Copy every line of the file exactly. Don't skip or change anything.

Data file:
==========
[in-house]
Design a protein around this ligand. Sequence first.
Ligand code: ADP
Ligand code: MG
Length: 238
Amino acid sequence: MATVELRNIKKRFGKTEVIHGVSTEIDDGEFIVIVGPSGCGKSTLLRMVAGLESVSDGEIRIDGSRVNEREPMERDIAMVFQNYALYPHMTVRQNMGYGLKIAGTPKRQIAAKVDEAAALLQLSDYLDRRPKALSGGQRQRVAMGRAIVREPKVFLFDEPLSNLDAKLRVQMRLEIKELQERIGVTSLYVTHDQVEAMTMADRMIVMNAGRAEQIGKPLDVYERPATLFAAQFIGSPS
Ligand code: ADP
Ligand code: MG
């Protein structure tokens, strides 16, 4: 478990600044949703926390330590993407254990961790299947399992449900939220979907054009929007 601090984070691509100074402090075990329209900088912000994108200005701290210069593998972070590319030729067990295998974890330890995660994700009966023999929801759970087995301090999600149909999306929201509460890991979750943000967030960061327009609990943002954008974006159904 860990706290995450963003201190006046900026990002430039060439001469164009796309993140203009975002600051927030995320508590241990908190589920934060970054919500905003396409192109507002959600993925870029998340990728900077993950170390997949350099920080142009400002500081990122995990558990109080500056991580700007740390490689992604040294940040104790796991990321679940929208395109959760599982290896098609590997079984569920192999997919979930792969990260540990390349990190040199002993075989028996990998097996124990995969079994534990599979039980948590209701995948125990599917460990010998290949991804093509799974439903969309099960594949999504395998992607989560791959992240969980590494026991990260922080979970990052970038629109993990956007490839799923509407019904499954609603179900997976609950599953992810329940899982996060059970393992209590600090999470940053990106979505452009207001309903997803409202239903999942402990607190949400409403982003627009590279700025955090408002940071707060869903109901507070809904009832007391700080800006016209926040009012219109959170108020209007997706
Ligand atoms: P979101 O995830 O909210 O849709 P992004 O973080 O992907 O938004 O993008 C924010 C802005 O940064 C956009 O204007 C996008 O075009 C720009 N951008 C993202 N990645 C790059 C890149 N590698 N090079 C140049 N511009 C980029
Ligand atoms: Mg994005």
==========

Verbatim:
[in-house]
Design a protein around this ligand. Sequence first.
Ligand code: ADP
Ligand code: MG
Length: 238
Amino acid sequence: MATVELRNIKKRFGKTEVIHGVSTEIDDGEFIVIVGPSGCGKSTLLRMVAGLESVSDGEIRIDGSRVNEREPMERDIAMVFQNYALYPHMTVRQNMGYGLKIAGTPKRQIAAKVDEAAALLQLSDYLDRRPKALSGGQRQRVAMGRAIVREPKVFLFDEPLSNLDAKLRVQMRLEIKELQERIGVTSLYVTHDQVEAMTMADRMIVMNAGRAEQIGKPLDVYERPATLFAAQFIGSPS
Ligand code: ADP
Ligand code: MG
């Protein structure tokens, strides 16, 4: 478990600044949703926390330590993407254990961790299947399992449900939220979907054009929007 601090984070691509100074402090075990329209900088912000994108200005701290210069593998972070590319030729067990295998974890330890995660994700009966023999929801759970087995301090999600149909999306929201509460890991979750943000967030960061327009609990943002954008974006159904 860990706290995450963003201190006046900026990002430039060439001469164009796309993140203009975002600051927030995320508590241990908190589920934060970054919500905003396409192109507002959600993925870029998340990728900077993950170390997949350099920080142009400002500081990122995990558990109080500056991580700007740390490689992604040294940040104790796991990321679940929208395109959760599982290896098609590997079984569920192999997919979930792969990260540990390349990190040199002993075989028996990998097996124990995969079994534990599979039980948590209701995948125990599917460990010998290949991804093509799974439903969309099960594949999504395998992607989560791959992240969980590494026991990260922080979970990052970038629109993990956007490839799923509407019904499954609603179900997976609950599953992810329940899982996060059970393992209590600090999470940053990106979505452009207001309903997803409202239903999942402990607190949400409403982003627009590279700025955090408002940071707060869903109901507070809904009832007391700080800006016209926040009012219109959170108020209007997706
Ligand atoms: P979101 O995830 O909210 O849709 P992004 O973080 O992907 O938004 O993008 C924010 C802005 O940064 C956009 O204007 C996008 O075009 C720009 N951008 C993202 N990645 C790059 C890149 N590698 N090079 C140049 N511009 C980029
Ligand atoms: Mg994005």